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I Went Sign-Seeing in Another City and Returned with a Recharged Creativity Meter

There’s much a signmaker can learn by merely strolling an unfamiliar street.




Some unique signs from Denver. Some unique signs from Denver.

EVERY ONCE IN A while, I get the random urge to travel. Most people from LA do it to get away or experience nature. I’m quite the opposite type of person; I love routines, my home and I’m not the happiest person around dirt, rocks and trees. So why do I travel? Well, to see signs. Signs from all over the world!

Yes, National Parks are cool, best restaurants are cool, site-seeing is cool, museums are cool — but do you know what all these places have in common? Signs.

My most recent trip was to Denver. Although I will admit that the main reason for this trip was to see the Red Hot Chili Peppers live at Mile High Stadium, I was excited to see what Denver’s signs look like and how they react to weather conditions. (I’d like to know, even though LA has good weather and then some more good weather.)

Traveling with the purpose to see signs may sound a bit dramatic to some, but if I must confess, this is how I stay inspired and learn different approaches to the same results in lighting signs with exposed neon or LEDs. In concept, it’s like going to sign school in the real world, and sometimes it’s even like time traveling.

In some parts of Costa Rica, signs are still done the “old school” way: handpainted and spot lit. Places in Mexico have large numbers of businesses whose signs incorporate regional culture using elements or colors found in their environment. Signage from a local, mom-and-pop shop, bar or restaurant often has a story beyond what you may see.

Of course, signmakers in those countries, as well as many others, also embrace advanced technology. One UK company whose name I won’t mention can even match diode temperatures when repairing or replacing their existing signs! Every day you run an LED sign is a day less of life for each tiny little spot of light. The light temperature (cool/warm) slowly changes over time, so if you replace a letter with a new LED module — even with the exact same type originally installed — the letter will appear a different color and brightness. This company uses their system to create the temperature and brightness of said however-old LED to match the rest of the sign.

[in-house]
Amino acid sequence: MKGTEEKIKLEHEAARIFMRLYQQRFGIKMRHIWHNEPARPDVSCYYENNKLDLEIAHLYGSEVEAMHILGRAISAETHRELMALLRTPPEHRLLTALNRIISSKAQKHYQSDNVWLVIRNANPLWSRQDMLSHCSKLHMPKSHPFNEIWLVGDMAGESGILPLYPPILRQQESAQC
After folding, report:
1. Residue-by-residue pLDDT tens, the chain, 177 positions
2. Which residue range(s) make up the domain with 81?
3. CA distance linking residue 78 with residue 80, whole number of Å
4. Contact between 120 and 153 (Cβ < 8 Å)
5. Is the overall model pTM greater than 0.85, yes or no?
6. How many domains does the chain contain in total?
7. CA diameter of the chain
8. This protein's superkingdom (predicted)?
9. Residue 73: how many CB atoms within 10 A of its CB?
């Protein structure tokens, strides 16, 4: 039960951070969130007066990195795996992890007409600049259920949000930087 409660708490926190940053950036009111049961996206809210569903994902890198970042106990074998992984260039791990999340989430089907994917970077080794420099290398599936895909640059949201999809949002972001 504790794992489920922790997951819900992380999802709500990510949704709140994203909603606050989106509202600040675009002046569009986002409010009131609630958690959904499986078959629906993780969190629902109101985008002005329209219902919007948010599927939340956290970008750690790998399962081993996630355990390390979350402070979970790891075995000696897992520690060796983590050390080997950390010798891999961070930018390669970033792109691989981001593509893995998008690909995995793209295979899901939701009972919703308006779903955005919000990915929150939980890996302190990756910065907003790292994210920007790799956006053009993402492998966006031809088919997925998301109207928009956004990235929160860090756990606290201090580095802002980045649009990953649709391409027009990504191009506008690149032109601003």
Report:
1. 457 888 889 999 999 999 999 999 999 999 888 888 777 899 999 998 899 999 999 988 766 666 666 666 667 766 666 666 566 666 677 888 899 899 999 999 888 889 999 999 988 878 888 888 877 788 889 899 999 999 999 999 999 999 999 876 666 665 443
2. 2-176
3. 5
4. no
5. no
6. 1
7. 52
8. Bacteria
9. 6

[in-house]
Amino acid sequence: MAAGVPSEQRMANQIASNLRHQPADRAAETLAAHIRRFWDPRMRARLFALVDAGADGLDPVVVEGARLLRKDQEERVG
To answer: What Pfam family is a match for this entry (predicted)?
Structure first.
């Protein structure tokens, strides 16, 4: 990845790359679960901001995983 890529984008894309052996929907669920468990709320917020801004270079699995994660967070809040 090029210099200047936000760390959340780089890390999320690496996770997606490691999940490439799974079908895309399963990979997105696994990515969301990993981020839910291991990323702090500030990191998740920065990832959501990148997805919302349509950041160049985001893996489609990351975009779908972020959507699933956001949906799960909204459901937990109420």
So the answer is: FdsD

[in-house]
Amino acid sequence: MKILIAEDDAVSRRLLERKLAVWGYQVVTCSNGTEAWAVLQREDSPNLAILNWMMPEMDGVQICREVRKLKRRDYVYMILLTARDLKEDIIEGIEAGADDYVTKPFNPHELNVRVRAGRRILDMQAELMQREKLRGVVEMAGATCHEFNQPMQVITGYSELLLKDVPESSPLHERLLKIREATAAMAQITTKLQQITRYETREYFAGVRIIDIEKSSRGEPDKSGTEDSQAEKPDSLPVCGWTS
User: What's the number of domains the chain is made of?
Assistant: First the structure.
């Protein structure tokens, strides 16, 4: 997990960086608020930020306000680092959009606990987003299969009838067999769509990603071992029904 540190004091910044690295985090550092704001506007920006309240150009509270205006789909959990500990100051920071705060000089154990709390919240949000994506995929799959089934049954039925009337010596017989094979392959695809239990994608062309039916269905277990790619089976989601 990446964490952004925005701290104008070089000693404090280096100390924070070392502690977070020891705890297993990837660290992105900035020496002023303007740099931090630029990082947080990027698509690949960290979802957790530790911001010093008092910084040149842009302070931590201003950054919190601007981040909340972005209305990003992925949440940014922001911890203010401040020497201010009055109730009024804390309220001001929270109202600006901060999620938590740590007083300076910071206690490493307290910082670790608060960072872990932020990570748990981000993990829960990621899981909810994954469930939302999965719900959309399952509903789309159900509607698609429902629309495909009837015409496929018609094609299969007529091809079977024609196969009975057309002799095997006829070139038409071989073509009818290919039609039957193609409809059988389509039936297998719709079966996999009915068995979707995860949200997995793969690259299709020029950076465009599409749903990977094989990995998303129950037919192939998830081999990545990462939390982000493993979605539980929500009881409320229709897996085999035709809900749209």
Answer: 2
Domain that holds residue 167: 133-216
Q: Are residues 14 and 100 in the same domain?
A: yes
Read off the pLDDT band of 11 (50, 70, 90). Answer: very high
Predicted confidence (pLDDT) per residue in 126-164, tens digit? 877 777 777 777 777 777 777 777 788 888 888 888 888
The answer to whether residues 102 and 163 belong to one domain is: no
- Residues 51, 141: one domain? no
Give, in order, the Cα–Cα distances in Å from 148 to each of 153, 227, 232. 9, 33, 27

Good design plays a big role in my life. I enjoy being influenced by signs that push the limits. I like the “wow” factors in design, imagining how many times they were told, “No, that can’t be done…” until it happened.

It’s important to stay curious while mastering our craft, to learn from other signmakers’ ideas and resources or lack thereof. For example, sometimes when only experiencing my own signs,
I forget that other cities don’t have the same laws, regulations or ordinances as LA and other places are allowed to do things that wouldn’t be easily approved within my radius.

Surely you don’t have to book a trip across country or overseas to pay attention to signs. Just go somewhere close that you’ve never been to, or revisit a familiar place for a closer look. As the Chili Peppers sing, “… I know, I know for sure that life is beautiful around the world.”

Some unique signs from Denver



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